When people feel alone, isolated, and ashamed of what’s going on with their dogs (as many people who live with reactive or aggressive dogs do), I believe that they are LESS likely to reach out for help. By forming this welcoming DINOS community, I hope to encourage others to reach out for any help they may need.
And p.s. many DINOS owners are already actively engaged in training and socializing their dogs, but they still need space while they are in the process of working with their dogs (Rome wasn’t built in a day, nah’ mean?).
And I’ll say this part again: being a DINOS doesn’t mean a dog has any behavior or training issues at all. It’s not a synonym for a “problem” dog or a dog that is dangerous. It just means a dog needs space. The need for space is totally normal for any dog and very often has nothing to do with training or behavior issues.
For example, I won’t teach my old dog with painful arthritis and a busted ACL to accept having rude dogs jump her. It’s her right to tell the other dog to beat it and it’s my job to protect her from ever being put in that situation to begin with. And we’d really appreciate it if you did your part and controlled your dog. No excuses.
What’s the best training method for DINOS? How do I help my DINOS?
All DINOS are different and will need to be assessed as an individual. If you’re looking for some good training and behavior resources, check out these resources and these classes. If your dog is having serious behavior problems, call a professional dog trainer, please.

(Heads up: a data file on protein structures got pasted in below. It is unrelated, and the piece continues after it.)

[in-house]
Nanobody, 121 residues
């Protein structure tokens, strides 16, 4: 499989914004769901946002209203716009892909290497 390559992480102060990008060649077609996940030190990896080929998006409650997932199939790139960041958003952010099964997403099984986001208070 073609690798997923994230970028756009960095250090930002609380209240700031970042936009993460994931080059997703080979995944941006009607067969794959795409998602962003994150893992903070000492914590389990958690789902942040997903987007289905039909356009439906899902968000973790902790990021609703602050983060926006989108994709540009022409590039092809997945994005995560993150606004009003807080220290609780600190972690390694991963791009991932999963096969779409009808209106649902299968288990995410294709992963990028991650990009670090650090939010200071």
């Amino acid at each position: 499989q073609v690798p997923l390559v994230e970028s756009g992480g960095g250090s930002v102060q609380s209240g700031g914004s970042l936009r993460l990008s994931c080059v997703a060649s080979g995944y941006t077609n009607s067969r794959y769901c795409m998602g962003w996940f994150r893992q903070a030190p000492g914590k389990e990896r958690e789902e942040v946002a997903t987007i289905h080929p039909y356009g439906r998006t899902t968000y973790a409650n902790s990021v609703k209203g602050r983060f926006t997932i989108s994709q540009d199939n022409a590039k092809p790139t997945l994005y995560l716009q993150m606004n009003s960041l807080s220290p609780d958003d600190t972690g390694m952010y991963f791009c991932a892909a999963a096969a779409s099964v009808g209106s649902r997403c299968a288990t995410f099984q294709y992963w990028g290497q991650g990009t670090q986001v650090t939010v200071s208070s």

Did DINOS create the Yellow Dog Project? Do you promote yellow ribbons?
Nope, DINOS is not the creator of the Yellow Dog Project. DINOS is not affiliated with any yellow ribbon campaign or project. We support the good intentions of the folks behind these projects and appreciate their work to educate the public about dogs who need their space, however DINOS has a slightly different message that we’re focused on promoting at this time.
DINOS promotes responsible and respectful ownership towards and around ALL dogs. The public should have control of their dogs, obey leash laws, and ask permission first around ANY and ALL dogs. The ribbons are one of many handy communication tools, but no dog should have to wear a ribbon in order for others to be responsible, respectful, and obey leash laws. If you see a dog without a ribbon, please afford it the same respect as a “yellow dog”. In order to reduce dog bites and create public spaces that are safe for us all to enjoy, please remember that while some dogs have a stronger need for space than others, ALL dogs have a right to their personal space.